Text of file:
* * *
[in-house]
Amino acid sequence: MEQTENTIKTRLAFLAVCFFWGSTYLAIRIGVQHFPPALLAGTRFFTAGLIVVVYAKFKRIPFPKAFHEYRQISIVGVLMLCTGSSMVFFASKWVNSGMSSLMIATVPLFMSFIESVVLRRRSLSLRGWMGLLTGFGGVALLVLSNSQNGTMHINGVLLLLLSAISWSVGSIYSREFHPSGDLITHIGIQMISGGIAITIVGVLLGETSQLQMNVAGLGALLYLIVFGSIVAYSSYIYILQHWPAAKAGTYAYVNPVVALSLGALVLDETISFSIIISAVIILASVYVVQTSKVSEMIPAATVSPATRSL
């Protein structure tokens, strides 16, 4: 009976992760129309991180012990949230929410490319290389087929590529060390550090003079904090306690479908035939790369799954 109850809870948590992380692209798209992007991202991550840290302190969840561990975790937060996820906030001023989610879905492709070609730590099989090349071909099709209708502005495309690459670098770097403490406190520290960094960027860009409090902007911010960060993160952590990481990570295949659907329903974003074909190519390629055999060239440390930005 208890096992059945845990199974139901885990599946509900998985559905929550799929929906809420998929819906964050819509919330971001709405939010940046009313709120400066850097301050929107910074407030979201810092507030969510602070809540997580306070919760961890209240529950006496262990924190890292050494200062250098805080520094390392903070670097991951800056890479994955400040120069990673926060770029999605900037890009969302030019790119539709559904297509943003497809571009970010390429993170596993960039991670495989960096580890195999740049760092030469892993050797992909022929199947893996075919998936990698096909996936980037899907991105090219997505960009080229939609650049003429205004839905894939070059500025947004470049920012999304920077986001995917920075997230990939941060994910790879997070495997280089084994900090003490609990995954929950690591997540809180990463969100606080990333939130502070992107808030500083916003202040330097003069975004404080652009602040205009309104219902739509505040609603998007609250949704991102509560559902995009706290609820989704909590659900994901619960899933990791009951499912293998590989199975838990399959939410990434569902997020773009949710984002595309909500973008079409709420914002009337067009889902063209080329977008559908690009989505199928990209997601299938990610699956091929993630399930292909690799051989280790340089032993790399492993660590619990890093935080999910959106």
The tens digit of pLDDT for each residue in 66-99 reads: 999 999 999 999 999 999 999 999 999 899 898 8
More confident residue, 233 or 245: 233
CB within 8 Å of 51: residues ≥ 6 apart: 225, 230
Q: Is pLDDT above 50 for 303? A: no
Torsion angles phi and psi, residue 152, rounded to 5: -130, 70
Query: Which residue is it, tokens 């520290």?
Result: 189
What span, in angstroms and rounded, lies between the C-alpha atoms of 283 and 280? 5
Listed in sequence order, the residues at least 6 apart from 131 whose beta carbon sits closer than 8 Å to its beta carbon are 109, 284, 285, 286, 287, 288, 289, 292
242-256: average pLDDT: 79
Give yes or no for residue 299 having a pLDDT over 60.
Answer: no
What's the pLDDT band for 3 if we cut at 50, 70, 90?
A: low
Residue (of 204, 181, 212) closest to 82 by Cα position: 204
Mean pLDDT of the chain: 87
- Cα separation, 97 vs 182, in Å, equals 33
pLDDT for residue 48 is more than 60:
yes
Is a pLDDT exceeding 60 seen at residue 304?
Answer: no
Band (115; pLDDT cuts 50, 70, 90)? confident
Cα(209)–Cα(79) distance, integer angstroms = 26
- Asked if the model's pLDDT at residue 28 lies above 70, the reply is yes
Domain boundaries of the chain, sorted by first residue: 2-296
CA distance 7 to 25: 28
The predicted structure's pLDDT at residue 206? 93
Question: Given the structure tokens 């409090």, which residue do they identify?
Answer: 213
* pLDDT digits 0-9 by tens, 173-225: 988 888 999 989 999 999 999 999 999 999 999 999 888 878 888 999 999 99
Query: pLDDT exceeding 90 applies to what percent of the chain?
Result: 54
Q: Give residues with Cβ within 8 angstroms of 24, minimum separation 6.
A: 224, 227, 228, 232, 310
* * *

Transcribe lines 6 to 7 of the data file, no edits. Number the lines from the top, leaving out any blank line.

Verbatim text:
CB within 8 Å of 51: residues ≥ 6 apart: 225, 230
Q: Is pLDDT above 50 for 303? A: no